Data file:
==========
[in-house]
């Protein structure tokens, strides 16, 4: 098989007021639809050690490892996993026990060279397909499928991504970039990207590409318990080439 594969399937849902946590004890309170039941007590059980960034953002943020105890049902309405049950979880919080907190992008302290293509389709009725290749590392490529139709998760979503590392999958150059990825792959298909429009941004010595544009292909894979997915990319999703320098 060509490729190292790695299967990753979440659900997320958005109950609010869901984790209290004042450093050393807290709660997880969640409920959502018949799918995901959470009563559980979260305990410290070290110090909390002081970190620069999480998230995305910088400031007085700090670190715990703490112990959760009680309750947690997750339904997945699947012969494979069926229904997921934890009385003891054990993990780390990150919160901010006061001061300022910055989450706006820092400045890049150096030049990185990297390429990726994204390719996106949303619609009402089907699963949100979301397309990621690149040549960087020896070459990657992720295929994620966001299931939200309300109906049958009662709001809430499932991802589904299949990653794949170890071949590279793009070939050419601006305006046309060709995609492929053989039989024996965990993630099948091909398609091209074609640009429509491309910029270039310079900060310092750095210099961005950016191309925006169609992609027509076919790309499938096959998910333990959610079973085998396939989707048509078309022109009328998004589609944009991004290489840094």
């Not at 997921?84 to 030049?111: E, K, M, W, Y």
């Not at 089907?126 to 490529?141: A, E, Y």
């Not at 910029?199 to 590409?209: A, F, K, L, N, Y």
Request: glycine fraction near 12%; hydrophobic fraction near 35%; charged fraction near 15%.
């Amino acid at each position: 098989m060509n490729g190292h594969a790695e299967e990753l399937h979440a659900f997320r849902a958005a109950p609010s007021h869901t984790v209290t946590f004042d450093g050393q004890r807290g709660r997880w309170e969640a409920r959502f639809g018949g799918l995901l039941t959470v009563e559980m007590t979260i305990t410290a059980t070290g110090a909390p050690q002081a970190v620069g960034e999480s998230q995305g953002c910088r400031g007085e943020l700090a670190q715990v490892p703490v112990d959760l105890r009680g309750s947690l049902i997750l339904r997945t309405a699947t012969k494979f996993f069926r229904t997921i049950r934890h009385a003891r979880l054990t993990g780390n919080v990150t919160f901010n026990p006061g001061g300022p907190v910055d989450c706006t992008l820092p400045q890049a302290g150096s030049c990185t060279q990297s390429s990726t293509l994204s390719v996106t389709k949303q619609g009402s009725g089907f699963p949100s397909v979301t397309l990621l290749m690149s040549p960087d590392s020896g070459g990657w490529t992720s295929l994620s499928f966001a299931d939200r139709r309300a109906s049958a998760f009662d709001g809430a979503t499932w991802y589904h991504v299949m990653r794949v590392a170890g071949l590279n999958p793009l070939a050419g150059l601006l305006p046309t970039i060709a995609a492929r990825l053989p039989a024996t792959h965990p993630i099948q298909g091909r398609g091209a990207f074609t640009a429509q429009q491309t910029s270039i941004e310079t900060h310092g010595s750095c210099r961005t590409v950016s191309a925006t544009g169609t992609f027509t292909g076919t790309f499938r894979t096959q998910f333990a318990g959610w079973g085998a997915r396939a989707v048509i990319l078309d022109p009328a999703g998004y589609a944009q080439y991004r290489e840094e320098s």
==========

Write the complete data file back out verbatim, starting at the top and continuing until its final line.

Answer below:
[in-house]
């Protein structure tokens, strides 16, 4: 098989007021639809050690490892996993026990060279397909499928991504970039990207590409318990080439 594969399937849902946590004890309170039941007590059980960034953002943020105890049902309405049950979880919080907190992008302290293509389709009725290749590392490529139709998760979503590392999958150059990825792959298909429009941004010595544009292909894979997915990319999703320098 060509490729190292790695299967990753979440659900997320958005109950609010869901984790209290004042450093050393807290709660997880969640409920959502018949799918995901959470009563559980979260305990410290070290110090909390002081970190620069999480998230995305910088400031007085700090670190715990703490112990959760009680309750947690997750339904997945699947012969494979069926229904997921934890009385003891054990993990780390990150919160901010006061001061300022910055989450706006820092400045890049150096030049990185990297390429990726994204390719996106949303619609009402089907699963949100979301397309990621690149040549960087020896070459990657992720295929994620966001299931939200309300109906049958009662709001809430499932991802589904299949990653794949170890071949590279793009070939050419601006305006046309060709995609492929053989039989024996965990993630099948091909398609091209074609640009429509491309910029270039310079900060310092750095210099961005950016191309925006169609992609027509076919790309499938096959998910333990959610079973085998396939989707048509078309022109009328998004589609944009991004290489840094």
């Not at 997921?84 to 030049?111: E, K, M, W, Y």
């Not at 089907?126 to 490529?141: A, E, Y």
């Not at 910029?199 to 590409?209: A, F, K, L, N, Y």
Request: glycine fraction near 12%; hydrophobic fraction near 35%; charged fraction near 15%.
């Amino acid at each position: 098989m060509n490729g190292h594969a790695e299967e990753l399937h979440a659900f997320r849902a958005a109950p609010s007021h869901t984790v209290t946590f004042d450093g050393q004890r807290g709660r997880w309170e969640a409920r959502f639809g018949g799918l995901l039941t959470v009563e559980m007590t979260i305990t410290a059980t070290g110090a909390p050690q002081a970190v620069g960034e999480s998230q995305g953002c910088r400031g007085e943020l700090a670190q715990v490892p703490v112990d959760l105890r009680g309750s947690l049902i997750l339904r997945t309405a699947t012969k494979f996993f069926r229904t997921i049950r934890h009385a003891r979880l054990t993990g780390n919080v990150t919160f901010n026990p006061g001061g300022p907190v910055d989450c706006t992008l820092p400045q890049a302290g150096s030049c990185t060279q990297s390429s990726t293509l994204s390719v996106t389709k949303q619609g009402s009725g089907f699963p949100s397909v979301t397309l990621l290749m690149s040549p960087d590392s020896g070459g990657w490529t992720s295929l994620s499928f966001a299931d939200r139709r309300a109906s049958a998760f009662d709001g809430a979503t499932w991802y589904h991504v299949m990653r794949v590392a170890g071949l590279n999958p793009l070939a050419g150059l601006l305006p046309t970039i060709a995609a492929r990825l053989p039989a024996t792959h965990p993630i099948q298909g091909r398609g091209a990207f074609t640009a429509q429009q491309t910029s270039i941004e310079t900060h310092g010595s750095c210099r961005t590409v950016s191309a925006t544009g169609t992609f027509t292909g076919t790309f499938r894979t096959q998910f333990a318990g959610w079973g085998a997915r396939a989707v048509i990319l078309d022109p009328a999703g998004y589609a944009q080439y991004r290489e840094e320098s």